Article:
No sir, you are the idiot. You are just the type of uptight anal retentive people who are such sticklers for the PC way that you’ve lost your sense of humor. Instead of being so uptight, try and have some fun and when you get to the window…tell the person it was funny because it was such a bad accent.

        • ResNullum says:

          Of course, if you don’t find humour in a tasteless joke then you must be a joyless, anal-retentive stick in the mud. Heaven forbid there be any other reason for not laughing at something unredeemably tacky.

      • charmander says:

        “If I went to a drive-thru and encountered someone talking to me in a fake Irish accent, you bet I’d be offended.”

        Can I ask why? Why would it offend you? Do you get offended when you watch Lucky Charms commercials?

  3. charmander says:

    In addition, do you feel that the creators of the show The Simpsons are making fun of and being racists towards Indians with their depiction of the character Apu? He’s voiced by Hank Azaria, who is not even Indian, his full name on the show is Dr. Apu Nahasapeemapetilon, Ph.D. And he’s a cartoon. Why aren’t people taking to the streets with this “obviously” racist stereotype???

    • ResNullum says:

      Apu’s accent isn’t the joke. Are you intentionally being dense?

      • EducationalGeek says:

        That’s because the joke is the whole character….

        • ResNullum says:

          In a way, it is. Regardless, The Simpsons is a show that frequently mocks stereotypes. People watch it knowing what they’re getting into. A drive-in restaurant is the wrong venue for this.

  4. Shea says:

    I agree that the employee needed to be spoken with but I think firing him went too far. An apology from the employee should have been enough. The one thing that I noticed in this article was the women’s quote “I’ve call about so many things and nothing changes.” Sounds like she’s calling all the time to complain.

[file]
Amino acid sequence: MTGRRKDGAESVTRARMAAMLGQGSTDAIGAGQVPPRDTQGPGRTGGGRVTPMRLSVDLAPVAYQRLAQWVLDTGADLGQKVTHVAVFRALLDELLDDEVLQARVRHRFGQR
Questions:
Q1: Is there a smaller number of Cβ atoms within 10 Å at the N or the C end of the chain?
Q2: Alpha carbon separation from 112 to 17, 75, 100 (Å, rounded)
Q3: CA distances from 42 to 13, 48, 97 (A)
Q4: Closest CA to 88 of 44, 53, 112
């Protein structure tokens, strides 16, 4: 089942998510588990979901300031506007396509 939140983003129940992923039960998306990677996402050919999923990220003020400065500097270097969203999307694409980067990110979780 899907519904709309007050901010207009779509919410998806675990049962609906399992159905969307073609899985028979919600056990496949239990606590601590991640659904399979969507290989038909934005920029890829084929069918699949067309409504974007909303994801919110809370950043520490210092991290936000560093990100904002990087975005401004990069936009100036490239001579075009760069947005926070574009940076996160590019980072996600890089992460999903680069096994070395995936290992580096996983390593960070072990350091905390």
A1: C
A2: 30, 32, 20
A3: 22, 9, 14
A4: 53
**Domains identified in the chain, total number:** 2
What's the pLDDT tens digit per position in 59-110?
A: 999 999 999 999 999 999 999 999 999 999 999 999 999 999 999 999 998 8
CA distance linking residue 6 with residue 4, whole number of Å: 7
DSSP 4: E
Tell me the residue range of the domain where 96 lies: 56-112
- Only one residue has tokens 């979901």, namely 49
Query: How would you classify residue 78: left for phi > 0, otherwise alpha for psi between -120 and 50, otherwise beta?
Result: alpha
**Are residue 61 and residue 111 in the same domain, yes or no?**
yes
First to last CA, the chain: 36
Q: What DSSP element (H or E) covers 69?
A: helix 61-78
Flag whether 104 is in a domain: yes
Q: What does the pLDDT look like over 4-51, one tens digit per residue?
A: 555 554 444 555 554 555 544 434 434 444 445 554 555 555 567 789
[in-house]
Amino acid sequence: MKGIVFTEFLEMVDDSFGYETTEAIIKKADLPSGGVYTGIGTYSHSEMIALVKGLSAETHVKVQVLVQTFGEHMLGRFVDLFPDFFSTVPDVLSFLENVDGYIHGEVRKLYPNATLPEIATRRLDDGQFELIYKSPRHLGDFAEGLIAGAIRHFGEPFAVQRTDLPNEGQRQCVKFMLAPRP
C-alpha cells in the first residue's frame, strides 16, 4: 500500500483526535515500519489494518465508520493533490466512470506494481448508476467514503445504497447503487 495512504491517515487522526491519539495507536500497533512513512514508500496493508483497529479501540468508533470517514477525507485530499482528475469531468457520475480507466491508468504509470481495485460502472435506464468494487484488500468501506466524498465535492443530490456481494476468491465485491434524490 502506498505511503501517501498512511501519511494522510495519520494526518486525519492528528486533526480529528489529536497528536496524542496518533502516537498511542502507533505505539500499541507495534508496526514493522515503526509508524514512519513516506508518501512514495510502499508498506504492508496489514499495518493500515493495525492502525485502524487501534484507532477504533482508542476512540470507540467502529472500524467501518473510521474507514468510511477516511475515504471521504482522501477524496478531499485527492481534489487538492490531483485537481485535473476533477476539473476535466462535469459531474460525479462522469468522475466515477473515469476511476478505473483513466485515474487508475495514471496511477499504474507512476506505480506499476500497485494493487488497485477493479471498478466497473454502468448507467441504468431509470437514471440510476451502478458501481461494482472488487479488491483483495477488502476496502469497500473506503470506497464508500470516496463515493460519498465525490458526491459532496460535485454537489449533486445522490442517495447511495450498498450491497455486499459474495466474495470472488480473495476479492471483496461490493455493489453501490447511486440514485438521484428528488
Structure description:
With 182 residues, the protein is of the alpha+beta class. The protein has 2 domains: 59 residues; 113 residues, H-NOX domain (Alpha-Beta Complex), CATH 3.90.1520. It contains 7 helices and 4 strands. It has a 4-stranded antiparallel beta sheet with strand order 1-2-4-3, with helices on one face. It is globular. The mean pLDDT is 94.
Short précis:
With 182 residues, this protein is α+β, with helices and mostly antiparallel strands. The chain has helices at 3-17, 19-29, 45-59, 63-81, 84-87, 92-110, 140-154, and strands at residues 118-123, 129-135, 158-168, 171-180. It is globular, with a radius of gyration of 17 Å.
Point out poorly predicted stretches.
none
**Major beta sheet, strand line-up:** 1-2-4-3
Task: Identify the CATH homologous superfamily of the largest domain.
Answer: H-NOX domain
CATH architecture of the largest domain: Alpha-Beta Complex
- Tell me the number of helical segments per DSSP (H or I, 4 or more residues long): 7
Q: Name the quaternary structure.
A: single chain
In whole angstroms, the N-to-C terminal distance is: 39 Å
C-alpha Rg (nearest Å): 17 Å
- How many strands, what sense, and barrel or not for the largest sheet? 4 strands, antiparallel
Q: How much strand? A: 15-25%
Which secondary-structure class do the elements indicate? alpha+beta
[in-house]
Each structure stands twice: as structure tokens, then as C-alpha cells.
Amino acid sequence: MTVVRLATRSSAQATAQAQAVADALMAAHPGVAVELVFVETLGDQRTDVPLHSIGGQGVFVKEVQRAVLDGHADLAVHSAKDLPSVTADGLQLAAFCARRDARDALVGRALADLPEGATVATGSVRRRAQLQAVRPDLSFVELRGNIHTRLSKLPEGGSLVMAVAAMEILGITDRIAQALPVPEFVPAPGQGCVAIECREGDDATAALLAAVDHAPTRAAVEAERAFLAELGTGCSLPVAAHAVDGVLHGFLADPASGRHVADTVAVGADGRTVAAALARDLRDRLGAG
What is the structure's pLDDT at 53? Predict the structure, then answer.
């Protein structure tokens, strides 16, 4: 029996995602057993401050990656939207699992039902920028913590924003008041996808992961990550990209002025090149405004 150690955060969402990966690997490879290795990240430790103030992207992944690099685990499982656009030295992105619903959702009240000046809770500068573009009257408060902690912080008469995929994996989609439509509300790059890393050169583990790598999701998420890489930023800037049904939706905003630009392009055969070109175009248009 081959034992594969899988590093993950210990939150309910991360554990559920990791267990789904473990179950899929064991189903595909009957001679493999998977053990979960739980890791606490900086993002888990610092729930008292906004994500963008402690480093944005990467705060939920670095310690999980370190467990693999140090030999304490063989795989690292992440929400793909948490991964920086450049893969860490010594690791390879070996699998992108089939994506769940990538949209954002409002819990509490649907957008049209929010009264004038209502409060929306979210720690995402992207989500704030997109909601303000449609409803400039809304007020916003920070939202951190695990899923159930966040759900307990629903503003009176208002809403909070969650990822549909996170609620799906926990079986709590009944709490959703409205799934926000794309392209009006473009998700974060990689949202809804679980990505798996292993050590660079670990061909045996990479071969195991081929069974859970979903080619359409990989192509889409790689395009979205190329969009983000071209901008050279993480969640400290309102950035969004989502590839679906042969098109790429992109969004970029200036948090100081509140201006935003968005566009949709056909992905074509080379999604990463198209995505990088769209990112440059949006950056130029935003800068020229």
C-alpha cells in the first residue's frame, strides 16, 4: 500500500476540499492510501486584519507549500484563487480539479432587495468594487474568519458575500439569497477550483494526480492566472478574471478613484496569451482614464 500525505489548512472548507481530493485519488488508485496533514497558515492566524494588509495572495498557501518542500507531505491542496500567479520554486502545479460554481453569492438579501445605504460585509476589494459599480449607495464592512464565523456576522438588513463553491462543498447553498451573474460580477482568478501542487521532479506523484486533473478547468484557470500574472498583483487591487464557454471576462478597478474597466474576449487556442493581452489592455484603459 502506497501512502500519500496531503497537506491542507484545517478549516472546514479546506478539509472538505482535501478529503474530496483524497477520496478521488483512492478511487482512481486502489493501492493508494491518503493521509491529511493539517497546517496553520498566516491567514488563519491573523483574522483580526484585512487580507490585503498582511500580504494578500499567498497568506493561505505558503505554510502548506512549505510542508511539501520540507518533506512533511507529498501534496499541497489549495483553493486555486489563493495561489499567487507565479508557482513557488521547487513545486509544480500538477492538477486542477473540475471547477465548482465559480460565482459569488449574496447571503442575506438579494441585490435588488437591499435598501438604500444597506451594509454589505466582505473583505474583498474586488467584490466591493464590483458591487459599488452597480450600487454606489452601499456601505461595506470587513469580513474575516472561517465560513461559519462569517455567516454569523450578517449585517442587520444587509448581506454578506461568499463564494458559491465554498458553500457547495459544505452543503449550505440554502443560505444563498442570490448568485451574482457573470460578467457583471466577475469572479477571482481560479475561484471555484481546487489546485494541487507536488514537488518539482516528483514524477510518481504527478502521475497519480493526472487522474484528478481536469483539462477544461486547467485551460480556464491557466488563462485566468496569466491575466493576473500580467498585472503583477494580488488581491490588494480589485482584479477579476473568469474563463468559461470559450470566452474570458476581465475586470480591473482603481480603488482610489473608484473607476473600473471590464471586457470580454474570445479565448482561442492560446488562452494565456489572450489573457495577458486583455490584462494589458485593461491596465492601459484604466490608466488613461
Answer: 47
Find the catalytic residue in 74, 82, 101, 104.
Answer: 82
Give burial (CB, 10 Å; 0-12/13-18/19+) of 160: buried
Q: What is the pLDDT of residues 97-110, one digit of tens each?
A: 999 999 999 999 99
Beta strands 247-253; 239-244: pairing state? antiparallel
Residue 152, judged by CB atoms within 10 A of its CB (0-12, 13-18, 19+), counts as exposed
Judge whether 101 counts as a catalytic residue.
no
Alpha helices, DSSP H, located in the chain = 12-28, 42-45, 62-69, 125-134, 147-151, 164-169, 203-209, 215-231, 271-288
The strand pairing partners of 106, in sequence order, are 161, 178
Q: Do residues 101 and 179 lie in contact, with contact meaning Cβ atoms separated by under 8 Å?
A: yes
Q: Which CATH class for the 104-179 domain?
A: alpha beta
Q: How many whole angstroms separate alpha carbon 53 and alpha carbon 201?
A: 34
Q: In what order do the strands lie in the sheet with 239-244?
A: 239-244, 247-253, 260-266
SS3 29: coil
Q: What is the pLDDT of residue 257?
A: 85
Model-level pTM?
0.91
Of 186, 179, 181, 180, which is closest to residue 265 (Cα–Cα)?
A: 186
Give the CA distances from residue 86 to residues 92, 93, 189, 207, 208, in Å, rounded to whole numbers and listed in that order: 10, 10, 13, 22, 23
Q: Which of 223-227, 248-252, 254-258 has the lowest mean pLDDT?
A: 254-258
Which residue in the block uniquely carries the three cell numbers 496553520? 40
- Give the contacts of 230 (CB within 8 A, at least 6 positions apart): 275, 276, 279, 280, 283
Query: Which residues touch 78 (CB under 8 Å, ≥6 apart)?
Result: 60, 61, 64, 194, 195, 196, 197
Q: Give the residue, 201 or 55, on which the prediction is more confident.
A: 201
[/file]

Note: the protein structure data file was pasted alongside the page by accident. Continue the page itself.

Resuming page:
I hate it when customers constantly feel the need to tell management/corporations about how upset they were instead of just talking to the actual employee like an adult. For example she could have let this guy know that she was offended and asked that he apologize and be more sensitive. He might have learned something instead she probably feels good about herself that she got this guy fired.

  5. SirJanes says:

    OK. A. [...] “If you call the [corporate] hot line, they just brush you off. I’ve called about so many things and nothing changes,” Why has A. ”called about many things”? A. is already self identified as a nuisance.

    Now, it still may be bad behavior on the part of the employee but it is not necessarily bad behavior to ignore A. .

  6. trmiller says:

    I live in the southeast USA, and once used a fake New Jersey accent while selling televisions. Employees who work in these menial service jobs are simply doing silly things to stay stimulated and to enjoy their job. The mischievous but completely harmless behavior in the video should have been subject to a simple reprimand, not termination.